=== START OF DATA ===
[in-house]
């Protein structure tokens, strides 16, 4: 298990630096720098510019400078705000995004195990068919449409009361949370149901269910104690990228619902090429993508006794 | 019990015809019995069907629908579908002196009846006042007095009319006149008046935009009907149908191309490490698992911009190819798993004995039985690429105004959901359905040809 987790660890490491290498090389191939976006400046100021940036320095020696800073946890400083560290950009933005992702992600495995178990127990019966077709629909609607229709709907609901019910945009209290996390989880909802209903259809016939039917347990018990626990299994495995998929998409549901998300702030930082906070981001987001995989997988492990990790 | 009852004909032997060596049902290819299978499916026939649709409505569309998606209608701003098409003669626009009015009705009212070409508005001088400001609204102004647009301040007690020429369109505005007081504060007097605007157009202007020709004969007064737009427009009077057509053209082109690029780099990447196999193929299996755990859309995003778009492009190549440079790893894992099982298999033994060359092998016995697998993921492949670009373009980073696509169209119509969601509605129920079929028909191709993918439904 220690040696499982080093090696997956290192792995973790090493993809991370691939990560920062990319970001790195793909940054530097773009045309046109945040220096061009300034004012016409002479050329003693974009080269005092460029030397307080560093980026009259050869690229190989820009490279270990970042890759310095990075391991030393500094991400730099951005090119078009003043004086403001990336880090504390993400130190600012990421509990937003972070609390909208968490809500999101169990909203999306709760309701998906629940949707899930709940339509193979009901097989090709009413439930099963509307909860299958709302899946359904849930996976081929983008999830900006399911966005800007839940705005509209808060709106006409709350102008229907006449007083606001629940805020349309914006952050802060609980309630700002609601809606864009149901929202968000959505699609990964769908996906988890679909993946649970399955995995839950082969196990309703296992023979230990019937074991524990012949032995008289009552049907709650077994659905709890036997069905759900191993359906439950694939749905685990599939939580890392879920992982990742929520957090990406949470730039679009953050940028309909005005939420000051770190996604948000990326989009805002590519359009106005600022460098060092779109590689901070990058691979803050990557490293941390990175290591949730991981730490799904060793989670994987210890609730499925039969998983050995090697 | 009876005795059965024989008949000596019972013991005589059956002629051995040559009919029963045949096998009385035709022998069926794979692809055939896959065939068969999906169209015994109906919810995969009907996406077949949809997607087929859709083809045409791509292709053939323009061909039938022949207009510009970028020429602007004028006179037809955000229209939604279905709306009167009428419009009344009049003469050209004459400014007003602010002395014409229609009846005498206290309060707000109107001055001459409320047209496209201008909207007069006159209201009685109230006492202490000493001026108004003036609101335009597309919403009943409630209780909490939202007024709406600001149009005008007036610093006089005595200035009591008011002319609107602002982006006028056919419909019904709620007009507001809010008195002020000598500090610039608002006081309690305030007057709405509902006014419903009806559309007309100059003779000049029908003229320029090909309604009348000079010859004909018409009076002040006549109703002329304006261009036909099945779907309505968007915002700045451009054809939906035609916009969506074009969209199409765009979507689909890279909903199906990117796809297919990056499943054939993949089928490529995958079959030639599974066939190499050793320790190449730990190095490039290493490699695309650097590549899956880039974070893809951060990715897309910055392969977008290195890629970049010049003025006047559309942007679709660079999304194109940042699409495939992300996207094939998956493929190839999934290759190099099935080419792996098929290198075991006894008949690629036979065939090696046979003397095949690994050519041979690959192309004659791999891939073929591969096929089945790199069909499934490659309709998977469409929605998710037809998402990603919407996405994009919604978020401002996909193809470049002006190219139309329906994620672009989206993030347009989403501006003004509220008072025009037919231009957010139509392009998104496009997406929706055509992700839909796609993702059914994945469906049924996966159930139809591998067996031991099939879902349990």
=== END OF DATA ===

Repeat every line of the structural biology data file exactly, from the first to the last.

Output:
[in-house]
């Protein structure tokens, strides 16, 4: 298990630096720098510019400078705000995004195990068919449409009361949370149901269910104690990228619902090429993508006794 | 019990015809019995069907629908579908002196009846006042007095009319006149008046935009009907149908191309490490698992911009190819798993004995039985690429105004959901359905040809 987790660890490491290498090389191939976006400046100021940036320095020696800073946890400083560290950009933005992702992600495995178990127990019966077709629909609607229709709907609901019910945009209290996390989880909802209903259809016939039917347990018990626990299994495995998929998409549901998300702030930082906070981001987001995989997988492990990790 | 009852004909032997060596049902290819299978499916026939649709409505569309998606209608701003098409003669626009009015009705009212070409508005001088400001609204102004647009301040007690020429369109505005007081504060007097605007157009202007020709004969007064737009427009009077057509053209082109690029780099990447196999193929299996755990859309995003778009492009190549440079790893894992099982298999033994060359092998016995697998993921492949670009373009980073696509169209119509969601509605129920079929028909191709993918439904 220690040696499982080093090696997956290192792995973790090493993809991370691939990560920062990319970001790195793909940054530097773009045309046109945040220096061009300034004012016409002479050329003693974009080269005092460029030397307080560093980026009259050869690229190989820009490279270990970042890759310095990075391991030393500094991400730099951005090119078009003043004086403001990336880090504390993400130190600012990421509990937003972070609390909208968490809500999101169990909203999306709760309701998906629940949707899930709940339509193979009901097989090709009413439930099963509307909860299958709302899946359904849930996976081929983008999830900006399911966005800007839940705005509209808060709106006409709350102008229907006449007083606001629940805020349309914006952050802060609980309630700002609601809606864009149901929202968000959505699609990964769908996906988890679909993946649970399955995995839950082969196990309703296992023979230990019937074991524990012949032995008289009552049907709650077994659905709890036997069905759900191993359906439950694939749905685990599939939580890392879920992982990742929520957090990406949470730039679009953050940028309909005005939420000051770190996604948000990326989009805002590519359009106005600022460098060092779109590689901070990058691979803050990557490293941390990175290591949730991981730490799904060793989670994987210890609730499925039969998983050995090697 | 009876005795059965024989008949000596019972013991005589059956002629051995040559009919029963045949096998009385035709022998069926794979692809055939896959065939068969999906169209015994109906919810995969009907996406077949949809997607087929859709083809045409791509292709053939323009061909039938022949207009510009970028020429602007004028006179037809955000229209939604279905709306009167009428419009009344009049003469050209004459400014007003602010002395014409229609009846005498206290309060707000109107001055001459409320047209496209201008909207007069006159209201009685109230006492202490000493001026108004003036609101335009597309919403009943409630209780909490939202007024709406600001149009005008007036610093006089005595200035009591008011002319609107602002982006006028056919419909019904709620007009507001809010008195002020000598500090610039608002006081309690305030007057709405509902006014419903009806559309007309100059003779000049029908003229320029090909309604009348000079010859004909018409009076002040006549109703002329304006261009036909099945779907309505968007915002700045451009054809939906035609916009969506074009969209199409765009979507689909890279909903199906990117796809297919990056499943054939993949089928490529995958079959030639599974066939190499050793320790190449730990190095490039290493490699695309650097590549899956880039974070893809951060990715897309910055392969977008290195890629970049010049003025006047559309942007679709660079999304194109940042699409495939992300996207094939998956493929190839999934290759190099099935080419792996098929290198075991006894008949690629036979065939090696046979003397095949690994050519041979690959192309004659791999891939073929591969096929089945790199069909499934490659309709998977469409929605998710037809998402990603919407996405994009919604978020401002996909193809470049002006190219139309329906994620672009989206993030347009989403501006003004509220008072025009037919231009957010139509392009998104496009997406929706055509992700839909796609993702059914994945469906049924996966159930139809591998067996031991099939879902349990």